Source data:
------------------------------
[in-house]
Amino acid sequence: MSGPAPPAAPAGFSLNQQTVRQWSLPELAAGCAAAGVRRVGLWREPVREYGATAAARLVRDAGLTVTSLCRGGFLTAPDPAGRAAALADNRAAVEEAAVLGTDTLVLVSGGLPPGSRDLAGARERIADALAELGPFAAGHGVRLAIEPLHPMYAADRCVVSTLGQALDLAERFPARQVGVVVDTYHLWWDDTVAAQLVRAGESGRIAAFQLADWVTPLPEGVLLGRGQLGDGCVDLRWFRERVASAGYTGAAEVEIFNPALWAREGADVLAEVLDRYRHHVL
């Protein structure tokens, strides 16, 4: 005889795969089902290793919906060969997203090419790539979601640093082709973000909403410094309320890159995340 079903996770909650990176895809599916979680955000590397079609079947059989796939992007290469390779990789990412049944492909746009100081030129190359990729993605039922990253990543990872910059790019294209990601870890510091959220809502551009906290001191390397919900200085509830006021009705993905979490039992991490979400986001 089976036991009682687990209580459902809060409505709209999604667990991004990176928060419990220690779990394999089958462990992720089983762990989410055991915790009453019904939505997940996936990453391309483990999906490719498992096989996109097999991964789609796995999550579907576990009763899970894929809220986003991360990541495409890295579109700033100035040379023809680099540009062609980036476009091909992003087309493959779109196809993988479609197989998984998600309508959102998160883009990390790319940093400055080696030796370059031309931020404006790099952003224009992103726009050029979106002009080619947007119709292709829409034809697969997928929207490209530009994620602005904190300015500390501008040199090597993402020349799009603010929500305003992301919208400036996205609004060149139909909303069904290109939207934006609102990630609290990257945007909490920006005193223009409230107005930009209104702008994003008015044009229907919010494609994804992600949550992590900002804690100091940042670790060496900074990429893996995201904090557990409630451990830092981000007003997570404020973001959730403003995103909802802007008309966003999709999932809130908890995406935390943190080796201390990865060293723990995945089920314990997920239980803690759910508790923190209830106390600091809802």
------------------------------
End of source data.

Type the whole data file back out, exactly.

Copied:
[in-house]
Amino acid sequence: MSGPAPPAAPAGFSLNQQTVRQWSLPELAAGCAAAGVRRVGLWREPVREYGATAAARLVRDAGLTVTSLCRGGFLTAPDPAGRAAALADNRAAVEEAAVLGTDTLVLVSGGLPPGSRDLAGARERIADALAELGPFAAGHGVRLAIEPLHPMYAADRCVVSTLGQALDLAERFPARQVGVVVDTYHLWWDDTVAAQLVRAGESGRIAAFQLADWVTPLPEGVLLGRGQLGDGCVDLRWFRERVASAGYTGAAEVEIFNPALWAREGADVLAEVLDRYRHHVL
């Protein structure tokens, strides 16, 4: 005889795969089902290793919906060969997203090419790539979601640093082709973000909403410094309320890159995340 079903996770909650990176895809599916979680955000590397079609079947059989796939992007290469390779990789990412049944492909746009100081030129190359990729993605039922990253990543990872910059790019294209990601870890510091959220809502551009906290001191390397919900200085509830006021009705993905979490039992991490979400986001 089976036991009682687990209580459902809060409505709209999604667990991004990176928060419990220690779990394999089958462990992720089983762990989410055991915790009453019904939505997940996936990453391309483990999906490719498992096989996109097999991964789609796995999550579907576990009763899970894929809220986003991360990541495409890295579109700033100035040379023809680099540009062609980036476009091909992003087309493959779109196809993988479609197989998984998600309508959102998160883009990390790319940093400055080696030796370059031309931020404006790099952003224009992103726009050029979106002009080619947007119709292709829409034809697969997928929207490209530009994620602005904190300015500390501008040199090597993402020349799009603010929500305003992301919208400036996205609004060149139909909303069904290109939207934006609102990630609290990257945007909490920006005193223009409230107005930009209104702008994003008015044009229907919010494609994804992600949550992590900002804690100091940042670790060496900074990429893996995201904090557990409630451990830092981000007003997570404020973001959730403003995103909802802007008309966003999709999932809130908890995406935390943190080796201390990865060293723990995945089920314990997920239980803690759910508790923190209830106390600091809802």